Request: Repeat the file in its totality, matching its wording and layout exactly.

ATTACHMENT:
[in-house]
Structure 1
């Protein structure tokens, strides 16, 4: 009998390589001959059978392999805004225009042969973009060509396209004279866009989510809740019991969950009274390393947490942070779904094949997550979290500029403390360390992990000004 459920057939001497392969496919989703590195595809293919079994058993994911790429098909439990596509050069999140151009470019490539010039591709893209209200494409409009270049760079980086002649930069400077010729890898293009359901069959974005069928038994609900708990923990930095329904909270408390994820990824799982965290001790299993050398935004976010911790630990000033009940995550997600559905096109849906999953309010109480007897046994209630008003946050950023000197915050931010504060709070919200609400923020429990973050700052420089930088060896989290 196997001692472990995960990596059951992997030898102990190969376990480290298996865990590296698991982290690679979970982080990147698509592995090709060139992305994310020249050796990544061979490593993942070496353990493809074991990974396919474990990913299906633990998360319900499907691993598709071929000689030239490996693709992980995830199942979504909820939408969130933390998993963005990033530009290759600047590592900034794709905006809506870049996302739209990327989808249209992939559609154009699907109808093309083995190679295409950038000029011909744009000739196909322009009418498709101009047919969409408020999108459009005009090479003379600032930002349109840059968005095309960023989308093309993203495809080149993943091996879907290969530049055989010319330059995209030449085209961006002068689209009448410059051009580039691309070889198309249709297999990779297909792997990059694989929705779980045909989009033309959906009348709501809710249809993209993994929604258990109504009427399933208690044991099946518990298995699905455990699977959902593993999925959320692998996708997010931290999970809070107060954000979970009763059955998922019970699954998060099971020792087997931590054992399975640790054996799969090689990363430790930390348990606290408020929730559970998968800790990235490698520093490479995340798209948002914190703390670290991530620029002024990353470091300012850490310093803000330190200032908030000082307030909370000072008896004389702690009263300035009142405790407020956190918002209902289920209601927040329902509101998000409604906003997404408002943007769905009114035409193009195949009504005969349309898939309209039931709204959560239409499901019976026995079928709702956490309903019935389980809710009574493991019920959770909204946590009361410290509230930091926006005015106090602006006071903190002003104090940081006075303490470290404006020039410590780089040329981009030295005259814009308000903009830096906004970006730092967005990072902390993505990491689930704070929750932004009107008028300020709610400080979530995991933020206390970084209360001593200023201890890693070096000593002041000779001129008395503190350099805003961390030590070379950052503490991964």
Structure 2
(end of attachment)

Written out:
[in-house]
Structure 1
């Protein structure tokens, strides 16, 4: 009998390589001959059978392999805004225009042969973009060509396209004279866009989510809740019991969950009274390393947490942070779904094949997550979290500029403390360390992990000004 459920057939001497392969496919989703590195595809293919079994058993994911790429098909439990596509050069999140151009470019490539010039591709893209209200494409409009270049760079980086002649930069400077010729890898293009359901069959974005069928038994609900708990923990930095329904909270408390994820990824799982965290001790299993050398935004976010911790630990000033009940995550997600559905096109849906999953309010109480007897046994209630008003946050950023000197915050931010504060709070919200609400923020429990973050700052420089930088060896989290 196997001692472990995960990596059951992997030898102990190969376990480290298996865990590296698991982290690679979970982080990147698509592995090709060139992305994310020249050796990544061979490593993942070496353990493809074991990974396919474990990913299906633990998360319900499907691993598709071929000689030239490996693709992980995830199942979504909820939408969130933390998993963005990033530009290759600047590592900034794709905006809506870049996302739209990327989808249209992939559609154009699907109808093309083995190679295409950038000029011909744009000739196909322009009418498709101009047919969409408020999108459009005009090479003379600032930002349109840059968005095309960023989308093309993203495809080149993943091996879907290969530049055989010319330059995209030449085209961006002068689209009448410059051009580039691309070889198309249709297999990779297909792997990059694989929705779980045909989009033309959906009348709501809710249809993209993994929604258990109504009427399933208690044991099946518990298995699905455990699977959902593993999925959320692998996708997010931290999970809070107060954000979970009763059955998922019970699954998060099971020792087997931590054992399975640790054996799969090689990363430790930390348990606290408020929730559970998968800790990235490698520093490479995340798209948002914190703390670290991530620029002024990353470091300012850490310093803000330190200032908030000082307030909370000072008896004389702690009263300035009142405790407020956190918002209902289920209601927040329902509101998000409604906003997404408002943007769905009114035409193009195949009504005969349309898939309209039931709204959560239409499901019976026995079928709702956490309903019935389980809710009574493991019920959770909204946590009361410290509230930091926006005015106090602006006071903190002003104090940081006075303490470290404006020039410590780089040329981009030295005259814009308000903009830096906004970006730092967005990072902390993505990491689930704070929750932004009107008028300020709610400080979530995991933020206390970084209360001593200023201890890693070096000593002041000779001129008395503190350099805003961390030590070379950052503490991964």
Structure 2